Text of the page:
is somehow different that claiming all the news is bad. Who is dealing in fallacy? Might wanna do a mirror check.

    Quote Originally Posted by Orangutan
    A freely elected government that cannot secure its own capital, much less its country. A government with a prime minister who is starting to oppose the U.S. and side with his religious sect. Ok, so they had elections. Has they really provided them with anything?
    Yes... a freely elected government is a trivial item or minor detail according to Orang. Along with the fact the majority of the provinces are living in relative peace. That that majority of the attacks happen to be centered around the capitol where the terrorists can pander to reporters you take so much stock in is a shocking revelation to whom? Not I. Has it provided them with anything? I guess depends on whether or not you feel the right to choose is important. I think it is. I guess you do not.

    Quote Originally Posted by Orangutan
    They were doing so before, too. And, in fact, I talked about the Kurds.
    The Kurds were prospering before we invaded? Lol... And Jim brought the Kurds into the conversation.... not you. You merely replied to his reminder to you that not all of Iraq is the "mess" you claim it to be.

    Quote Originally Posted by Orangutan
    Baghdad Bob talked about that claim earlier.

    http://forums.pcper.com/showpost.php...1&postcount=24

    And that one, as well.

    No, but all of the news comes with qualifiers. I don't see daily good news coming from Iraq, do you? I see lots of daily bad news, lots of it. And you know what? Some of it comes from the people in charge. That makes me pay attention.
    Cut-and-paste-bob has been on my ignore list for some time now. You see what you want to see. Ultimately from the sum of your posts it's clear to many your desire is for us to ultimately fail in Iraq. Though you will ultimately deny this, the theme of your posts says otherwise.
    "The most dangerous myth is the demagoguery that business can be made to pay a larger share, thus relieving the individual. Politicians preaching this are either deliberately dishonest, or economically illiterate, and either one should scare us...
    Only people pay taxes, and people pay as consumers every tax that is assessed against a business."


    -The Gipper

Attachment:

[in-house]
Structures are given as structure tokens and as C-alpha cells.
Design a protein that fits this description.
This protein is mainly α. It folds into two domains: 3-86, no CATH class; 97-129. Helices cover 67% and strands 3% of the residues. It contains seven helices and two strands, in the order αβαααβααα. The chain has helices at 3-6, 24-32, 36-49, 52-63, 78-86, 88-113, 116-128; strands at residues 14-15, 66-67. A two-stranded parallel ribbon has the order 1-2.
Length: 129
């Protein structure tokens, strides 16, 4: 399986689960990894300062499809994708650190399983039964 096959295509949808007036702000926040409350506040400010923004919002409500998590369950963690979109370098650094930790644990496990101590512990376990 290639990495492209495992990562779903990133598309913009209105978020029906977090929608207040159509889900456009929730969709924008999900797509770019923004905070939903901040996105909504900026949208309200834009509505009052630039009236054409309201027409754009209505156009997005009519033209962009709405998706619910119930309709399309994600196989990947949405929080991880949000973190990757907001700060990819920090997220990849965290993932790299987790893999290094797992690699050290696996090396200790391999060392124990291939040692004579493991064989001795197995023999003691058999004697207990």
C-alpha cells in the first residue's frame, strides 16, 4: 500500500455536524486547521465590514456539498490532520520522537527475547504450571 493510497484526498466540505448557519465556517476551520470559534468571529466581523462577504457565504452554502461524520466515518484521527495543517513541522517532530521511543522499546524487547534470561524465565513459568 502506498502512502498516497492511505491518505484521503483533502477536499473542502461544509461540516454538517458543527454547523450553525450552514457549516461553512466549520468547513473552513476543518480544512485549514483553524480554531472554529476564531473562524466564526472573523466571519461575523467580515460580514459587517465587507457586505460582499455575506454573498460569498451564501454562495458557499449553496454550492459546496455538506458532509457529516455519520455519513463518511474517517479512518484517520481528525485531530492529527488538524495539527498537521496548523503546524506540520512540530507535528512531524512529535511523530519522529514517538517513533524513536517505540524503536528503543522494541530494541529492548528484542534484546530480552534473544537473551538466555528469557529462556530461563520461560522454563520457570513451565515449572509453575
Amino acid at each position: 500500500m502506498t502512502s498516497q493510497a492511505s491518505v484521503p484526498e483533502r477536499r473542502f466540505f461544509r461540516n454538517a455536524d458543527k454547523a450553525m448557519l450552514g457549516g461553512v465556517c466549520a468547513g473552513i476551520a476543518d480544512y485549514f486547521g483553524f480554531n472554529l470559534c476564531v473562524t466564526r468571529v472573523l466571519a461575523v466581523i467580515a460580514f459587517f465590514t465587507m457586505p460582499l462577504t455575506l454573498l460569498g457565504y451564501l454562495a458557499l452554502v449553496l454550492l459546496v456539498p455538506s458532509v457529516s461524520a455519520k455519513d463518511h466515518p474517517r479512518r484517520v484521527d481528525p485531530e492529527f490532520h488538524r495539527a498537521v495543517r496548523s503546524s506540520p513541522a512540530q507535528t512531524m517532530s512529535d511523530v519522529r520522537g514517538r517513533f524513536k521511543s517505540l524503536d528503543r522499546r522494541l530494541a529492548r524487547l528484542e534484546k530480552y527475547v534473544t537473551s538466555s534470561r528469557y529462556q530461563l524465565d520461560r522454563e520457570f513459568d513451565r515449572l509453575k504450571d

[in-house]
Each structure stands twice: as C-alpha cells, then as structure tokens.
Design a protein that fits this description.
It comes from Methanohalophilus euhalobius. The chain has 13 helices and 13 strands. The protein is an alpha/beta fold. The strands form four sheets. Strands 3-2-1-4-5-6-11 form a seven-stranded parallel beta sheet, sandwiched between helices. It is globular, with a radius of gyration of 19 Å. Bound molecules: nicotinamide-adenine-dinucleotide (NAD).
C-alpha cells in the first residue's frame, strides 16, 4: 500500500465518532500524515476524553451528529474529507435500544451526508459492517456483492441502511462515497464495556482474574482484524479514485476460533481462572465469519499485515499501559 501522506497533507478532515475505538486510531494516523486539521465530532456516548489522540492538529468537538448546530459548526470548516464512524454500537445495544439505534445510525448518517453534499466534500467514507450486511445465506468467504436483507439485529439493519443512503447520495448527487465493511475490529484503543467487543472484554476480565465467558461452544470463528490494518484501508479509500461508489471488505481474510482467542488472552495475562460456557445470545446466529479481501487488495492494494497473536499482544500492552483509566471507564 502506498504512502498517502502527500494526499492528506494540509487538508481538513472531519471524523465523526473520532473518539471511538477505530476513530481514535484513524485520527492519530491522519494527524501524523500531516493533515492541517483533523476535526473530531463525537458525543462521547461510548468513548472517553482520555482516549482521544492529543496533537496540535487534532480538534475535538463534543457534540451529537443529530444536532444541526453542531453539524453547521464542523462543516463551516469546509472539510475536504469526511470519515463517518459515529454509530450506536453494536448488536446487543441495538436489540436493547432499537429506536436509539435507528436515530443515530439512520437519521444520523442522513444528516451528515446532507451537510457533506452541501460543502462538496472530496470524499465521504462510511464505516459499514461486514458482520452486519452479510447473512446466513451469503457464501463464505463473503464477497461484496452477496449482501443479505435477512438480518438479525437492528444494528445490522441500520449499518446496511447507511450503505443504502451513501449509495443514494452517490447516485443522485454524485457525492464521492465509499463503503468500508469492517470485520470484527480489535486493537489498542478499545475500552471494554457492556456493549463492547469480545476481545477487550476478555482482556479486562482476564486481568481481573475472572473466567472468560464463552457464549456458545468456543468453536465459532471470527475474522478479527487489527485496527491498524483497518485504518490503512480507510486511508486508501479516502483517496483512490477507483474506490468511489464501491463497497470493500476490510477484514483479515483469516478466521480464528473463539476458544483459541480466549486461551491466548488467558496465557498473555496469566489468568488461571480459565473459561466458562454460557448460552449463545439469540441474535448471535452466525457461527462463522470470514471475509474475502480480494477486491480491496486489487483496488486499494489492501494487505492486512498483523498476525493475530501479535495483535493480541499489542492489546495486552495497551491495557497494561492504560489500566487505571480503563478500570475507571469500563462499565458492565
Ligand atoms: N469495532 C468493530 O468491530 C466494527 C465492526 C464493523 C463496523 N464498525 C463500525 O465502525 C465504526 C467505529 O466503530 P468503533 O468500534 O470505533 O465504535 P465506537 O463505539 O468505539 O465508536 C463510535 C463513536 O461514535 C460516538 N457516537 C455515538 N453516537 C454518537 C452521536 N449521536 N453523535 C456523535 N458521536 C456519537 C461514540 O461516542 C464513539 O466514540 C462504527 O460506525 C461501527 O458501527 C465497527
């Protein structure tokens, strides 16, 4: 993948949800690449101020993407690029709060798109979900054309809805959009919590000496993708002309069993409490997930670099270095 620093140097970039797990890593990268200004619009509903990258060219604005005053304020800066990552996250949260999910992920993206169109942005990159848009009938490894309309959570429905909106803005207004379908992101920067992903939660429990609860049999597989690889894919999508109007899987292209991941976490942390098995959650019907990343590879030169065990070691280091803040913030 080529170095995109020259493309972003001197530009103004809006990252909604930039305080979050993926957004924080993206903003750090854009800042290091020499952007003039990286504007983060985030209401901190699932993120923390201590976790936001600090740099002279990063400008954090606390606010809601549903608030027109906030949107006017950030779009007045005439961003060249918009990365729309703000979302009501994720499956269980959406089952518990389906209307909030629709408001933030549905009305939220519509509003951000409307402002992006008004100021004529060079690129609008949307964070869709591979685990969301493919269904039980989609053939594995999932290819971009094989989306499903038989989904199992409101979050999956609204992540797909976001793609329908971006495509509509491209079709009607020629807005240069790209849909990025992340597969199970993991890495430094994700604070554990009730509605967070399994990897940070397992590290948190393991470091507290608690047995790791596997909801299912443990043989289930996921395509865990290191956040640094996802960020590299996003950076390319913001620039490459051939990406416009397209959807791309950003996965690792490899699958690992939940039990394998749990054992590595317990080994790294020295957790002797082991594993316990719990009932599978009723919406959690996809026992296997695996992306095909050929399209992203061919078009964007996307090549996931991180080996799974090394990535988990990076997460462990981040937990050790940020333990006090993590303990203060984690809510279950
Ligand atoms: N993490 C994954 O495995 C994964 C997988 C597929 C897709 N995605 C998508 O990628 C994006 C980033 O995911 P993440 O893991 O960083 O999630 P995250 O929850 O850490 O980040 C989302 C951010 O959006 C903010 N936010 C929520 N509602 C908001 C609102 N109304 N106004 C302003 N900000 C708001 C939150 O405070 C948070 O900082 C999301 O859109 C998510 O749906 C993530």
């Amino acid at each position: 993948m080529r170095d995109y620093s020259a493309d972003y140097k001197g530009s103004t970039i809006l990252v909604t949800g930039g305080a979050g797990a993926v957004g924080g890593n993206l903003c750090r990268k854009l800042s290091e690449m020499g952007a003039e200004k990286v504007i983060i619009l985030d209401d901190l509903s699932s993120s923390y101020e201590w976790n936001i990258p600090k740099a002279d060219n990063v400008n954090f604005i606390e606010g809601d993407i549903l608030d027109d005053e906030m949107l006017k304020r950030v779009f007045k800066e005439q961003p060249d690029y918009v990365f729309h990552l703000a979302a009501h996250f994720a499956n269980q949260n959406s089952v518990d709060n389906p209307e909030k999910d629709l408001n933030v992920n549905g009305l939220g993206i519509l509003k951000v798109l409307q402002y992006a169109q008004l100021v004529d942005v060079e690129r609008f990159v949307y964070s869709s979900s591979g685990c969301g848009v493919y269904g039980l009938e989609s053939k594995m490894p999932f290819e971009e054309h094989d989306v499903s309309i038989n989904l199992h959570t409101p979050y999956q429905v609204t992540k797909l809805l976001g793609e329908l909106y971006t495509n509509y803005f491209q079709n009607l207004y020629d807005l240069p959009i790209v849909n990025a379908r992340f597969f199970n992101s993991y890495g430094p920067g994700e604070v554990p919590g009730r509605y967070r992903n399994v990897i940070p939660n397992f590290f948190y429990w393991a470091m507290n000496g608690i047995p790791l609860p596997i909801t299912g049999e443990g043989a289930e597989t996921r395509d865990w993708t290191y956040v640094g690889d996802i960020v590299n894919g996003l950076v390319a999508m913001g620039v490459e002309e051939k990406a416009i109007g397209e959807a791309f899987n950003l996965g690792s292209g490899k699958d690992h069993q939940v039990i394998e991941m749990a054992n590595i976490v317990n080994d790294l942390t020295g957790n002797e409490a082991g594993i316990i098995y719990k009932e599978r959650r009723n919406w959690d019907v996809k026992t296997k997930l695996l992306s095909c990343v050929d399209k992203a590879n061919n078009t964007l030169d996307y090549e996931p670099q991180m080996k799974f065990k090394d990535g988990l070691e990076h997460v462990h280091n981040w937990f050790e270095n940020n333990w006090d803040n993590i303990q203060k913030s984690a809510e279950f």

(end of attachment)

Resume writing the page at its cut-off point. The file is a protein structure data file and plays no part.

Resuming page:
12. #72
    Joined
    Dec 2000
    Posts
    5,051

    Re: Iraq in flux

    I cant help but wonder about the Iran involvement [pushing Shia factions]
    Thats an interesting topic, I've been hearing about a possible rift between Iran and Hezbollah. ( Not enough to break the mutual support.)

    Which may be behind this latest round of muscle flexing. ( Seems Iran wants to replace the current head of Hezbollah as he's not with the program.)

    This also might be behind some of the Hezbollah activity in Iraq as well.

  13. #73
    Joined
    Aug 2001
    Posts
    74,684

    Re: Iraq in flux

    ^^Im reading some stuff as well. As we go foward Im seeing how all of it is connected.
    And I dont discount the possibility for one minute that the Lebanon deal is a way to relieve Iraq pressure points.

  14. #74
    Joined
    Mar 2002
    Location
    California
    Posts
    24,205

    Re: Iraq in flux

    Bad news.... ??

    Iraqi divisions halfway there

    Wednesday, 09 August 2006

    Story by Spc. Rick Rzepka
    124th Mobile Public Affairs Detachment

    TIKRIT - The Iraqi army took an important step forward Tuesday by marking the halfway point for division headquarters to take the lead for security operations throughout the country.

    The 4th Iraqi Army Division assumed control of their area of responsibility, encompassing regions spanning three of Iraq’s northern provinces, Salahad Din , As Sulaymaniyah and At-Ta’mim provinces.

    Its area of responsibility includes the cities of Tikrit, Kirkuk, Bayji and Samarra, as well as the major oil and electrical infrastructure in northern Iraq.

    The 4th IA Division is the fifth of 10 Iraqi Army divisions to take control over Iraqi units in their assigned regions. In addition, there have been 25 brigades and 85 battalions assuming operational command and control to date.

    "Today is a day of dignity for us Iraqis who are loyal to the motherland," said Lt. Gen. Abdul-Aziz Abdel-Rahman al-Mufti, commander of the 4th Iraqi Army Division. "We will not stop or look back," he said.

    Two years ago, armed only with a briefcase and a few names, Aziz was asked to build a division from scratch. Today he stood before the Iraqi Minister of Defense Abdul Qadir Mohammed Jasim and dozens of his subordinate officers to claim the area that he and his men will fight for.

    Maj. Gen. Thomas Turner, Commander of the 101st Airborne Division speaks during the ceremony with a photo of Iraqi President President Jalal Talabani behind him. Department of Defense photo by Staff Sgt. Russell Lee Klika.
    Maj. Gen. Thomas Turner, Commander of the 101st Airborne Division speaks during the ceremony with a photo of Iraqi President President Jalal Talabani behind him. Department of Defense photo by Staff Sgt. Russell Lee Klika.
    "We had to search for many officers and Soldiers," he said. "It was a very difficult job, but thanks to God we have succeeded."

    Aziz has continued to lead the way for the 4th IA Division despite 19 assassination attempts on his life.